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The Light Cone: Introduction

These documents comprise an elementary introduction to the Theory of Relativity. The intended audience is a class of nonscience undergraduates in (PHY 105) Science for the 21st Century a course offered by the Department of Physics at Syracuse University. (Eventually, these documents will be expanded to include more technical explanations for more advanced audiences.)
Admittedly, this is an ambitious plan to explain the Theory of Relativity in three one-hour lectures. Comments and criticisms are welcome. Rob Salgado (salgado@physics.syr.edu)


The Theory of Relativity is really a physical theory about time and space. In fact, it actually says that there is no such thing as time and there is no such thing as space. Instead, it is a theory of "a new thing called Spacetime". Spacetime is the history of an entire universe, that is, the set of all of the events that happened in that universe.

Our plan is to follow a pseudo-historical development of how we came to understand "Spacetime", the spacetime of General Relativity. We do so by considering a sequence of models for spacetime. Each model represents "how we understood space and time" at various stages in our human history. Specifically, we will consider:

Each model recovers the notions of "space" and "time" in slightly (but quite significantly) different ways. At issue:

How is the nature of space and of time to be viewed?

"Absolutely" ("Universally", "Publicly")
"Relatively" ("Personally", "Privately")

It is not philosophy, but physical experiment, that decides which one models the real world best. Indeed, it has been our gradual understanding of the Laws of Physics that has forced us to replace one model with another.

Throughout, I will be exercising the use of my poetic license.

Causal Structure and the Light Cone

In general, a causal structure provides each event in spacetime its own notion of ordering events into "those events to its past", "those events in its present", and "those events to its future". Each model for spacetime has a different causal structure.

At the root of Einstein's Spacetime is a particular causal structure. Unfortunately, the nature of the causal structure of Spacetime and its (experimentally verified) consequences are often beyond our everyday experience. Hence, it may appear quite counterintuitive. This is the source of much of the confusion in this subject.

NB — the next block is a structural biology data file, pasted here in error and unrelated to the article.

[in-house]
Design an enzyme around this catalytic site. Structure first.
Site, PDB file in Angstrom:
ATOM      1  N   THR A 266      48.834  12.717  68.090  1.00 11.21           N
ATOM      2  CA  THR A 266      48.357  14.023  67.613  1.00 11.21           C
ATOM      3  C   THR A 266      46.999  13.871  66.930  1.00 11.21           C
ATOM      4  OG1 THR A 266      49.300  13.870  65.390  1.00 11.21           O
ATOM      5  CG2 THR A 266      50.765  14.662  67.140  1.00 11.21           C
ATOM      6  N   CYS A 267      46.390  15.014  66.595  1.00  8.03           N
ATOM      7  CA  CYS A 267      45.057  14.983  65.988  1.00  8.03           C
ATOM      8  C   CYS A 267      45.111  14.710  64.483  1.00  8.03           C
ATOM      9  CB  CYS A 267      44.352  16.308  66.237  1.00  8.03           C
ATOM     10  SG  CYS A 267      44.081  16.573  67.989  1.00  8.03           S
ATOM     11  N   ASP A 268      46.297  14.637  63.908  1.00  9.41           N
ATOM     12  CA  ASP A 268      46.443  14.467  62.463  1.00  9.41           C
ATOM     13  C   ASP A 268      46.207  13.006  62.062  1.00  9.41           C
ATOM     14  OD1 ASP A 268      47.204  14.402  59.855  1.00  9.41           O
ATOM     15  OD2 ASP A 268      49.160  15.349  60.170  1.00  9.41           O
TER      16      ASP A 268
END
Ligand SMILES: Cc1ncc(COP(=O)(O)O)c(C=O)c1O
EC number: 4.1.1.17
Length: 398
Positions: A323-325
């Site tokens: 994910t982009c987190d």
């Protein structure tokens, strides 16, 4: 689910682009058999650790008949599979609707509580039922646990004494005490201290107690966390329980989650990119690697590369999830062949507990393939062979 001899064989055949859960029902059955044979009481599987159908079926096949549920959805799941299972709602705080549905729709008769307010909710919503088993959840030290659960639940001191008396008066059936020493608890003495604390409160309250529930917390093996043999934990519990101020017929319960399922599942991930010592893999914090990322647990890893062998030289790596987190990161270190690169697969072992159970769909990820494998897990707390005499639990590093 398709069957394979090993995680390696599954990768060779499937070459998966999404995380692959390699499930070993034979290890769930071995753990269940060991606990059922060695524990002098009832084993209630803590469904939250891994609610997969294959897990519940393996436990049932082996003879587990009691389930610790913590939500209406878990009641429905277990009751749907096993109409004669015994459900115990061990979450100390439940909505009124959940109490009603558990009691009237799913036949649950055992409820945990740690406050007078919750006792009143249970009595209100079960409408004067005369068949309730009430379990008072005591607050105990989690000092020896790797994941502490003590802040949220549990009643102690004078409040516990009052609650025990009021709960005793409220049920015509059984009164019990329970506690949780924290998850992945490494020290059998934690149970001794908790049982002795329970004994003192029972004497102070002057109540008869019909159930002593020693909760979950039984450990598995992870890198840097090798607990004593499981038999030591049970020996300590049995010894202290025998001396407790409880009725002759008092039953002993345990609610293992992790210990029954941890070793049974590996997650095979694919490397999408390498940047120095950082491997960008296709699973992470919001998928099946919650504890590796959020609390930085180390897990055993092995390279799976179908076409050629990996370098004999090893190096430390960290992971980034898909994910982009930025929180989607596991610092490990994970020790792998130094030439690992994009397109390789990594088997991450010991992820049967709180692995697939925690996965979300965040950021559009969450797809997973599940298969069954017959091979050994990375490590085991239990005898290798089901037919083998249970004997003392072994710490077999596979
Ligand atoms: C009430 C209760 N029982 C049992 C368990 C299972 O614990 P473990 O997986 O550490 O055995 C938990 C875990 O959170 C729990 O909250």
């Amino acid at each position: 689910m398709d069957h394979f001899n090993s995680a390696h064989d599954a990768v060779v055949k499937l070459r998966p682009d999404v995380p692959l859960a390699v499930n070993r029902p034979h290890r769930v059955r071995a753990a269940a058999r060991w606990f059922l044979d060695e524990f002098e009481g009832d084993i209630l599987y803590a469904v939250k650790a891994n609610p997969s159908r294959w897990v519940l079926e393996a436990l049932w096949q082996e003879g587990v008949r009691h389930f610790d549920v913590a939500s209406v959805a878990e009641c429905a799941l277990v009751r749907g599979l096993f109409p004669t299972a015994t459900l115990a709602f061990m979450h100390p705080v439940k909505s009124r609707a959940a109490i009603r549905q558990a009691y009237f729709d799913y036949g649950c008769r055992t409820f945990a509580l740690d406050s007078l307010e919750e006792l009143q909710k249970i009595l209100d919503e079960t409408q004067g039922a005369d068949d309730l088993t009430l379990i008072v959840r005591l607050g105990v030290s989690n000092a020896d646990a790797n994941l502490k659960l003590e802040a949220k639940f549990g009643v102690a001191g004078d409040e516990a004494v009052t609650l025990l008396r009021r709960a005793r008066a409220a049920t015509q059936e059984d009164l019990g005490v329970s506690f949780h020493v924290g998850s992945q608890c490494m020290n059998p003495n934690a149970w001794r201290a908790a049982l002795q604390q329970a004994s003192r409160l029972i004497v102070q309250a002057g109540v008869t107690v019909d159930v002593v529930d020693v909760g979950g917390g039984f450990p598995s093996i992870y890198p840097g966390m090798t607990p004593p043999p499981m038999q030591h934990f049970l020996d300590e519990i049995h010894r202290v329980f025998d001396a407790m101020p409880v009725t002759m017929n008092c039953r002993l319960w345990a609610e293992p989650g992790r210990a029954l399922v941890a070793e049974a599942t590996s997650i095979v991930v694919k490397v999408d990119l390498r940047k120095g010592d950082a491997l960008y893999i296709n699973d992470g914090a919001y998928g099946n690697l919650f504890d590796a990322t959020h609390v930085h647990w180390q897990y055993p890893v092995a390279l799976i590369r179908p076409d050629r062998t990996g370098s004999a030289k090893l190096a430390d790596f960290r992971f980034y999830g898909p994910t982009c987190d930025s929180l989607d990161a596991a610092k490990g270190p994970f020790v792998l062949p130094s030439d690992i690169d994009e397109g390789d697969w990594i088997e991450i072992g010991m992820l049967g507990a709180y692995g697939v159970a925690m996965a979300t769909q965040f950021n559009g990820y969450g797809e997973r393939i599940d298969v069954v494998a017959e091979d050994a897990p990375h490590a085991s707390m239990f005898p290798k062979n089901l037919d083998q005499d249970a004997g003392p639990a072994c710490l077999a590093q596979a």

The Light Cone is a mathematical model that very neatly encodes this causal structure of Einstein's Spacetime. Each event in Spacetime has a double-cone attached to it, where the vertex (i.e., the tip) corresponds to the event itself. By convention, "time" runs vertically in all of our diagrams. The upward-directed cone opens to enclose the directions pointing towards events to the future of this event. The downward-directed cone directions pointing towards events to the past of this event.

In my opinion, understanding the Light Cone is an important first step towards understanding the Theory of Relativity. (Some mathematics is a necessary crutch to clarify and correct our physical intuition.)

Flat and Curved Spacetimes

An important second step will be understanding how the Light Cones are arranged throughout Spacetime.

If the Light Cones are arranged in a neat grid in a uniform manner, we say that "Spacetime is flat". The spacetime of Special Relativity is a flat spacetime.

If the Light Cones are arranged in a non-uniform manner, we say that "Spacetime is curved". The spacetime of General Relativity is generally a curved spacetime.

Einstein's Theory of Gravity relates the curvature of Spacetime to the presence of matter. As an interesting example, we will consider the Spacetime around a Black Hole.


Some words of wisdom.

PHY 105: Let's begin.

Credit where credit is due

The causal past:

This presentation of the spacetime-models is heavily based on Geroch (General Relativity from A to B, which was based on a course for nonscience undergraduates). The presentation of the Schwarzschild black hole is based on Geroch and on Ellis/Williams (Flat and Curved Space-Times).

The causal future:

The next planned revision of these web documents will include "Track-2" material. In particular, I will try to further develop "Galilean geometry" and "Minkowski geometry" based on Yaglom (A Simple Non-Euclidean Geometry and Its Physical Basis.) and introduce "4-vectors and -tensors", with much inspiration from Burke (Spacetime, Geometry, Cosmology) and (Applied Differential Geometry). For now, follow the "Technical Comments" links for the Track 2 material.

Of course, I am solely responsible for any errors in the contents of these documents.

Here are my references for the Light Cone

Now, let's begin.

Dictionary Introduction Quotations Dictionary . Comments?

Rob Salgado (salgado@physics.syr.edu)